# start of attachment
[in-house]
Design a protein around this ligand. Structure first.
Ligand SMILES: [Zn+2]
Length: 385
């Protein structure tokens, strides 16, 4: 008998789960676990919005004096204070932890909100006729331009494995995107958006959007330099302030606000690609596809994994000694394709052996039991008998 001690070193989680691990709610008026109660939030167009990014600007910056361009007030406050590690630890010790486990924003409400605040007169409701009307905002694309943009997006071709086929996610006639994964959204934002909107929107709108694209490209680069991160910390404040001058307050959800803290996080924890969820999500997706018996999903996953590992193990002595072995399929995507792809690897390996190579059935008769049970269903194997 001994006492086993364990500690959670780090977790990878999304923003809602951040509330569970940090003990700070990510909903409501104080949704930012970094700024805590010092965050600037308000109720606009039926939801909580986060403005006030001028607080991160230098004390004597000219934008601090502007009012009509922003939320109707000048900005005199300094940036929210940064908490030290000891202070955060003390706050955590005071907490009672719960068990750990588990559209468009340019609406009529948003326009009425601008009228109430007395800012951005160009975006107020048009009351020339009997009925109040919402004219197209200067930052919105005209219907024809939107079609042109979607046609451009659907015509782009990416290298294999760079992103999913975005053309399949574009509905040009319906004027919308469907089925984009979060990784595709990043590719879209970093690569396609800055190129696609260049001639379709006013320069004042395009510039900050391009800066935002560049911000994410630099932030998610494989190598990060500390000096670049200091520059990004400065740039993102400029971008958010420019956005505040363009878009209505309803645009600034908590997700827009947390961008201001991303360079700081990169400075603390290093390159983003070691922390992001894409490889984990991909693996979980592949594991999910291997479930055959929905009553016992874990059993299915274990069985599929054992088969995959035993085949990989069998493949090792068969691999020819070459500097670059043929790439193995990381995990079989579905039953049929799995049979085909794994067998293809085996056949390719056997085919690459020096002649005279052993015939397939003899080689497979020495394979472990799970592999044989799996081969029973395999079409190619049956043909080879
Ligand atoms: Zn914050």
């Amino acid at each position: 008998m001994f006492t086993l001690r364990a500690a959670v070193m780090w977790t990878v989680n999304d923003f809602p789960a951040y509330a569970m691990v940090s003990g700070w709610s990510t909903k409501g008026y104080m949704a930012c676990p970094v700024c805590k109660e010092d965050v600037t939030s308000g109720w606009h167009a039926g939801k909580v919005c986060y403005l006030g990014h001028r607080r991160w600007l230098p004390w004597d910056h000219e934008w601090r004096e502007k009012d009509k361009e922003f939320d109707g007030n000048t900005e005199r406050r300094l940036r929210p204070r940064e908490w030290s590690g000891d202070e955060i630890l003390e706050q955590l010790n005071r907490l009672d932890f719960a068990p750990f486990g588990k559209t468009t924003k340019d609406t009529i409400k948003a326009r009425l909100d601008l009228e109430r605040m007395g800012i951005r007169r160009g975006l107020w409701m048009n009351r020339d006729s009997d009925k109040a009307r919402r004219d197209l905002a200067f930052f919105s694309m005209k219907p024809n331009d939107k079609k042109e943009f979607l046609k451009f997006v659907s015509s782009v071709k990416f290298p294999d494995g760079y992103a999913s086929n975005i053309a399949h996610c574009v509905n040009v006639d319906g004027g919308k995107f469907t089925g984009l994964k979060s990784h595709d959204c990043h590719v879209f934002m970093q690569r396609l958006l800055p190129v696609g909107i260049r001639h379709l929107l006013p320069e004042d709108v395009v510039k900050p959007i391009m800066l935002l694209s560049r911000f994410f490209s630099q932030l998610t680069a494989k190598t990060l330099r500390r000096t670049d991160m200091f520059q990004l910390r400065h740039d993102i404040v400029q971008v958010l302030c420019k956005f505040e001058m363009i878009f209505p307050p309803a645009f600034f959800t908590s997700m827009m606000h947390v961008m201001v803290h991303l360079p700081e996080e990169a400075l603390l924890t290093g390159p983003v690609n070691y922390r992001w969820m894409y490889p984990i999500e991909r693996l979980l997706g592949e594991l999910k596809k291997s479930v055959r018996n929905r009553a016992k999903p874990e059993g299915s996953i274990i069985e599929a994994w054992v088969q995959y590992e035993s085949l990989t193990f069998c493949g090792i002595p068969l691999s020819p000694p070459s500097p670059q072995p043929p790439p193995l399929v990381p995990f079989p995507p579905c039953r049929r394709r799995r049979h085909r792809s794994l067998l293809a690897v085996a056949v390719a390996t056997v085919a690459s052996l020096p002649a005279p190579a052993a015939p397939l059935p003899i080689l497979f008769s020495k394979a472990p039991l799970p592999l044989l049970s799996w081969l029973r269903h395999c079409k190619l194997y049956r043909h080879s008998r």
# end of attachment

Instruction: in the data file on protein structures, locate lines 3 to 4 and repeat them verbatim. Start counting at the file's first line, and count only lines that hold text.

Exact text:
Ligand SMILES: [Zn+2]
Length: 385